COUNTY AGENT GUY
It was ten years ago, but thanks to digital photography the memories remain as vivid as a Polaroid snapshot.
Looking out the window as our jetliner descended into Kona International Airport, I saw a stark reminder that we were landing on a volcanic island. Onyx rubble stretched as far as the eye could see, like an immense expanse of anthracite coal.
It looked as though the lava had bubbled up from the earth yesterday. But no: it was from the 1801 eruption of the volcano Hualalai. Kona, located on the leeward side of the Big Island, receives only about 30 inches of rain annually so its rocks erode slowly.
My wife and I rented a car and took Saddle Road to Hilo. The air became wetter the farther east we went until we became engulfed by a warm mist. Hilo receives 130 inches of rain per year, so the air feels like a tropical jungle. Everything the sun touches was emerald green. It was as if we had stumbled upon Eden.
I made the touristy choice of taking a helicopter ride. It was an expensive yet impressive experience.
The chopper flew southwest, over farms and macadamia groves. A plume of steam soon appeared before us: Kilauea!
The volcano was erupting slowly and sedately at that time. Looking down, I saw the ruddy glow of molten rock oozing leisurely from a small hill. I tried not to think about the consequences of a forced landing.
The pilot took us up to the rim of Kilauea’s main crater, a mile-wide yawn in the planet’s crust. Steam billowed from the crater like the cooling tower of an enormous power plant. Within a span of minutes, I had seen both Eden and Hell.
Erik Cleveland, a friend of ours, is a former Iowa farm kid who’s now a professor of Animal Science at University of Hawaii-Hilo. I recently asked Erik about Kilauea’s latest eruptive outburst. For instance, is the vog (volcanic smog) causing problems?
“Yes,” he said, “Especially close to the areas affected by the eruption. The gases have killed plants and can kill people. They have moved people out of the eruption areas since the gases are dangerously high. You have to have a charcoal-based filter mask for protection. We’ve had some voggy days in Hilo and it smells a bit like the air after you set off firecrackers. I sometimes get a bit of a headache on voggy days and some people have breathing problems and feel poorly.”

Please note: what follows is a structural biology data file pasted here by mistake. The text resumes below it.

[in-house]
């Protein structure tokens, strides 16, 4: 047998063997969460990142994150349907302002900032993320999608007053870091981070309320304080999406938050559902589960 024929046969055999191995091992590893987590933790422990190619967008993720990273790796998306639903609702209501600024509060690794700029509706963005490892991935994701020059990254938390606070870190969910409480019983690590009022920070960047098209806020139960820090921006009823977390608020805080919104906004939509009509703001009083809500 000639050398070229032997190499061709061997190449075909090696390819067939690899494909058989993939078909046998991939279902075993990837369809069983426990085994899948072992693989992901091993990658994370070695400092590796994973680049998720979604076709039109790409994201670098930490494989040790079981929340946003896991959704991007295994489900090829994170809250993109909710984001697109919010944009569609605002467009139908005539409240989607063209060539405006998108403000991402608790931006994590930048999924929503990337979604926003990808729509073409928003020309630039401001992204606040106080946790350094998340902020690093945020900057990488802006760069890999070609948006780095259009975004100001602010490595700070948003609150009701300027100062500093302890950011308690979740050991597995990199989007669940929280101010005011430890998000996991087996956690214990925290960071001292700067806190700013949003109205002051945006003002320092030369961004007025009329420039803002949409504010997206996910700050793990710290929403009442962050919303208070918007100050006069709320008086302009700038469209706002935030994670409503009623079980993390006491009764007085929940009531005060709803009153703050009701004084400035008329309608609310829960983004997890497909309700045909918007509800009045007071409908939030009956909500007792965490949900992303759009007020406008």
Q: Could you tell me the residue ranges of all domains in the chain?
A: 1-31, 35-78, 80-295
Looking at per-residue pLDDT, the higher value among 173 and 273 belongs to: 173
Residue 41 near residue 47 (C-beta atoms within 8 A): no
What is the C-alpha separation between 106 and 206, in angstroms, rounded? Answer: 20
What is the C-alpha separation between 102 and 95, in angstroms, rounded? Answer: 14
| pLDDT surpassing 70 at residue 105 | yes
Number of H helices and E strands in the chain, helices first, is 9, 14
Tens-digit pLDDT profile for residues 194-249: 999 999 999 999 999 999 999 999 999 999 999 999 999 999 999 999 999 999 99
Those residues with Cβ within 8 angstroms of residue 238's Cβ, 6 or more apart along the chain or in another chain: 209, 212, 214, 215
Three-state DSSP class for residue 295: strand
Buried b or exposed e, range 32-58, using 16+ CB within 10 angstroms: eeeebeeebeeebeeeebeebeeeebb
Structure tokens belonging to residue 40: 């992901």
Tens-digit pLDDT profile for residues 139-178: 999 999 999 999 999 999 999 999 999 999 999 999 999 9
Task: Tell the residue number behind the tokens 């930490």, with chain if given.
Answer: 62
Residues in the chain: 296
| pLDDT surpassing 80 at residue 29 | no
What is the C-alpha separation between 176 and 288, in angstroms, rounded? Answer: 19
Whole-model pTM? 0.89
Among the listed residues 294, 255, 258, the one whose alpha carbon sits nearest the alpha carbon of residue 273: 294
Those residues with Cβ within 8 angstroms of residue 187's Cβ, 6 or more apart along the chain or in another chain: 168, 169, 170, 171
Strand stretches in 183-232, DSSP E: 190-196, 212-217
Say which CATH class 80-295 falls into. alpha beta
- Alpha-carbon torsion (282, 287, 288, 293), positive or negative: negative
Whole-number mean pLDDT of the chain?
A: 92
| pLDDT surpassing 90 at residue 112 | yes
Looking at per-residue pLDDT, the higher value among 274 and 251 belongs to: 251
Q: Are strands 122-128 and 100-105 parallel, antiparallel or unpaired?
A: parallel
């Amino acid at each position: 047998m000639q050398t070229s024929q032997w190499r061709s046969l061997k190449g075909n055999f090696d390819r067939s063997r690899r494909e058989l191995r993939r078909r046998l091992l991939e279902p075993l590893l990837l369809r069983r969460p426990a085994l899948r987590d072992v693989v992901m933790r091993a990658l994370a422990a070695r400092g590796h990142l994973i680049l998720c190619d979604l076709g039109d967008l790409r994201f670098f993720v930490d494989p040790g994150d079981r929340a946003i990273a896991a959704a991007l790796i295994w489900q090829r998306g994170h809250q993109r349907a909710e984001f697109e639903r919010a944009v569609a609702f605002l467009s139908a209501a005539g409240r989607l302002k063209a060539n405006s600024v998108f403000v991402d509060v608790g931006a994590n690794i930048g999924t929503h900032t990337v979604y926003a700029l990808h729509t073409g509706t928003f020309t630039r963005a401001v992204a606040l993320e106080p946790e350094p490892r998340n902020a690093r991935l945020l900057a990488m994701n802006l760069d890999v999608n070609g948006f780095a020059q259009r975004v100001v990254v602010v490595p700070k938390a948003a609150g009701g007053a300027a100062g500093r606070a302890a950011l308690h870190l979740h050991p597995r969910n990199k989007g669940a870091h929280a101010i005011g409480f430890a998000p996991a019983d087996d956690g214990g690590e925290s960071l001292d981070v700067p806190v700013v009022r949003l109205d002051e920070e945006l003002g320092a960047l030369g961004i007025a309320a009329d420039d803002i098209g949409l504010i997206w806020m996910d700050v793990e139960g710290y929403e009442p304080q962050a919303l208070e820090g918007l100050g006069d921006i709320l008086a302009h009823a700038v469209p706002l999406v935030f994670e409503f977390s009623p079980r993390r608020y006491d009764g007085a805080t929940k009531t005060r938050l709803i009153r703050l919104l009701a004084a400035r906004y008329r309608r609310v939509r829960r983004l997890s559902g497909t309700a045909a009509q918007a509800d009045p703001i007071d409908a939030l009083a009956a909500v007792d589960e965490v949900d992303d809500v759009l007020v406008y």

Have you seen the fountaining lava for yourself?
“The police keep people out of those areas. A lady at church told me that her house is about 17 miles from the eruption area and she can see the glowing lava in the distance at night. Another person told me he can hear some of the booming sounds at night. A first responder said she saw a lava fissure with the lava shooting up at night while she was in the evacuation area. She said it was very awesome.”
Do you know anyone who’s been affected by this eruption?
“I have a friend at church who went to help a friend move out of the evacuation area. He drove down a highway to get to the homestead. After they loaded things up, they drove back out to the highway and lava had flowed across the road. They couldn’t find a way out, so they had to drive across pastureland to get back to the highway farther up. In the process, they drove through tall cane grass and had to break through gates to find a way back to the highway. He saw a burning house that the lava had torched and 60-foot-tall trees covered with lava. The eruption has also affected animals and livestock. They had to move 1,400 cattle out of the area and find places for them. It’s causing a lot of problems for people since they have to find a place to stay such as with friends, in shelters, in tents, or in their cars.”
What’s the attitude of the locals?
“Some aren’t concerned, but others are. Most are worried about families and individuals affected by the eruption. Churches and other groups are trying to provide food and raise money for evacuees. A friend who lived in the Puna area decided to move back to the Mainland. There’s also concern that Mauna Loa could erupt and that this could possibly flow into Hilo. Mauna Loa is quiet now but scientists suggest that it may erupt again.”
We Midwesterners may have to deal with bone-chilling blizzards and scorching summertime heat. But living in Eden can also be a hell of an experience.
Nelson is a freelance writer from Volga, S.D. Reach him by e-mail at email@example.com.
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